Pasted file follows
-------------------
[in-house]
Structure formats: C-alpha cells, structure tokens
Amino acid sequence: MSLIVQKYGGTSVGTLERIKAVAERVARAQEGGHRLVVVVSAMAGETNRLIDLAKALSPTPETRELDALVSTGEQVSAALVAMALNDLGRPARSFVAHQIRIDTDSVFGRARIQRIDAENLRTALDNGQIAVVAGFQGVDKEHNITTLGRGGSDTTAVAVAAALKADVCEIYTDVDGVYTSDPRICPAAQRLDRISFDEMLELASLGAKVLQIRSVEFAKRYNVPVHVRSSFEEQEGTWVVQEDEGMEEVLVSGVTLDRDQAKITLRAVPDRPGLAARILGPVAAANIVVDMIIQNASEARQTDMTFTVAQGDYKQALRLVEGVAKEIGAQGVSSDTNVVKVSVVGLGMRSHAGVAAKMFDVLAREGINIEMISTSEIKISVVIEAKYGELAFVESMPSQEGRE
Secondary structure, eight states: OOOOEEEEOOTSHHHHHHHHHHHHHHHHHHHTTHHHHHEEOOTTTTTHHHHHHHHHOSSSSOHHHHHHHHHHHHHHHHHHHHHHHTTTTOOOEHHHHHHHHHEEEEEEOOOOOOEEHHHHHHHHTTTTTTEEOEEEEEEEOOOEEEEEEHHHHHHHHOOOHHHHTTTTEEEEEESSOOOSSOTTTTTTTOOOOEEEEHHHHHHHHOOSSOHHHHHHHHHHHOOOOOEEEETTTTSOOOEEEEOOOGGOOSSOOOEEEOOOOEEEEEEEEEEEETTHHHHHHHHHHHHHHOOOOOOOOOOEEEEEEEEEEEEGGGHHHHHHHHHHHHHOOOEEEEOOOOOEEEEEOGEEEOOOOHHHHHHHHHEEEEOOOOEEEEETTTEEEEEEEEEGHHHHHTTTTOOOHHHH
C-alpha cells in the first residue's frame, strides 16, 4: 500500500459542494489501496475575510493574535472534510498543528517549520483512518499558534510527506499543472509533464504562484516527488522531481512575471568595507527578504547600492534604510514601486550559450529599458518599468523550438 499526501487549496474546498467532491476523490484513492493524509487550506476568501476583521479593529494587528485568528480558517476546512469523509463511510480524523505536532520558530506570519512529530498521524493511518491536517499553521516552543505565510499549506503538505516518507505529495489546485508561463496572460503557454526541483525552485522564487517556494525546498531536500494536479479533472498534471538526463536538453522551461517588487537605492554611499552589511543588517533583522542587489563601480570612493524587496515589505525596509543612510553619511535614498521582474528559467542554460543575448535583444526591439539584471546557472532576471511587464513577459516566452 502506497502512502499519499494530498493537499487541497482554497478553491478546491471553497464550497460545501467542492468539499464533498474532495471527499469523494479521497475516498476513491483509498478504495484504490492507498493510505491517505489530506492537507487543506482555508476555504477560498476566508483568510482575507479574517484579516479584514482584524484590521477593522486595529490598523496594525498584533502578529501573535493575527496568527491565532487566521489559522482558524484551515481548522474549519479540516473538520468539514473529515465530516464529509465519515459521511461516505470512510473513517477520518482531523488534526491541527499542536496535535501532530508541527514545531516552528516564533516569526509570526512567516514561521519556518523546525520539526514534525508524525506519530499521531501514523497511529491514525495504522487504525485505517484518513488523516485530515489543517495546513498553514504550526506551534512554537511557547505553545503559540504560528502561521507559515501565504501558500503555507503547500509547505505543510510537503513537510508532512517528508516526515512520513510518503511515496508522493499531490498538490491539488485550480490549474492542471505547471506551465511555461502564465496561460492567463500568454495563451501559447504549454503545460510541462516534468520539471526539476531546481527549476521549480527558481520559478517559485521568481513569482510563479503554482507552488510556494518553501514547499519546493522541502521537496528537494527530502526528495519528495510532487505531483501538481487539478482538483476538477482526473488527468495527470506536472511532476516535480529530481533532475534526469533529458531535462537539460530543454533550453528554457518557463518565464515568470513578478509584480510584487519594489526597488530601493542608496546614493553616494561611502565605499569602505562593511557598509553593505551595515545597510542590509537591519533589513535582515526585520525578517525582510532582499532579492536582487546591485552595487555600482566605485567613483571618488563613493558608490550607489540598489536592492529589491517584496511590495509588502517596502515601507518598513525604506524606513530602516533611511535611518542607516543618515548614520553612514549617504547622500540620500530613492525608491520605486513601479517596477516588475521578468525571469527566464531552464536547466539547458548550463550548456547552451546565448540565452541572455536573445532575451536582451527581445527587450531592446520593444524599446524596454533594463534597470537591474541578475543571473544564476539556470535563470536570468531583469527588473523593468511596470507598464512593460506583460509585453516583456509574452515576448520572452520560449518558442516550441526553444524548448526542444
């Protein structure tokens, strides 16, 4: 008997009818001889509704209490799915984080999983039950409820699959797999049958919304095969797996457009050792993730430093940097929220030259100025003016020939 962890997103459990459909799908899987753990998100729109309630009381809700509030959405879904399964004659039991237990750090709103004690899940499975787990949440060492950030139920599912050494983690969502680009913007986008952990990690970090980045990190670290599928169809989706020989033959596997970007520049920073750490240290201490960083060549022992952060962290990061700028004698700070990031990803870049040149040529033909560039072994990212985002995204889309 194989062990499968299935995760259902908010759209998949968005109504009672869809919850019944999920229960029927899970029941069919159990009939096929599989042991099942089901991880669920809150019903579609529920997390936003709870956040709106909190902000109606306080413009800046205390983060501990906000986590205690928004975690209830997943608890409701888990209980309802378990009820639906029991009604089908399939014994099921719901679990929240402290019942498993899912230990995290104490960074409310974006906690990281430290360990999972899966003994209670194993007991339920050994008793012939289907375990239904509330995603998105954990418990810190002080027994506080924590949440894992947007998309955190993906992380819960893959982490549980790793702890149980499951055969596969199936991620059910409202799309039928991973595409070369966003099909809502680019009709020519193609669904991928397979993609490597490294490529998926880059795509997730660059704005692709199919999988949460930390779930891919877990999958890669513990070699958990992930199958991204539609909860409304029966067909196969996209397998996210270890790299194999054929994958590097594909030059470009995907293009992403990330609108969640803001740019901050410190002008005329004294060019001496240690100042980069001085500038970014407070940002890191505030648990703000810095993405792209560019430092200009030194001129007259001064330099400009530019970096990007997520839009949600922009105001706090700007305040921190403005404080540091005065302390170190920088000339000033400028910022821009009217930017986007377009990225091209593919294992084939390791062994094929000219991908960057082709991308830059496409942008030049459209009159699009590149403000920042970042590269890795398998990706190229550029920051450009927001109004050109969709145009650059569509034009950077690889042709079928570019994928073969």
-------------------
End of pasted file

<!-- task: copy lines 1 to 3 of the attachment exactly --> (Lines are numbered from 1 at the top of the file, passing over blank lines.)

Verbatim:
[in-house]
Structure formats: C-alpha cells, structure tokens
Amino acid sequence: MSLIVQKYGGTSVGTLERIKAVAERVARAQEGGHRLVVVVSAMAGETNRLIDLAKALSPTPETRELDALVSTGEQVSAALVAMALNDLGRPARSFVAHQIRIDTDSVFGRARIQRIDAENLRTALDNGQIAVVAGFQGVDKEHNITTLGRGGSDTTAVAVAAALKADVCEIYTDVDGVYTSDPRICPAAQRLDRISFDEMLELASLGAKVLQIRSVEFAKRYNVPVHVRSSFEEQEGTWVVQEDEGMEEVLVSGVTLDRDQAKITLRAVPDRPGLAARILGPVAAANIVVDMIIQNASEARQTDMTFTVAQGDYKQALRLVEGVAKEIGAQGVSSDTNVVKVSVVGLGMRSHAGVAAKMFDVLAREGINIEMISTSEIKISVVIEAKYGELAFVESMPSQEGRE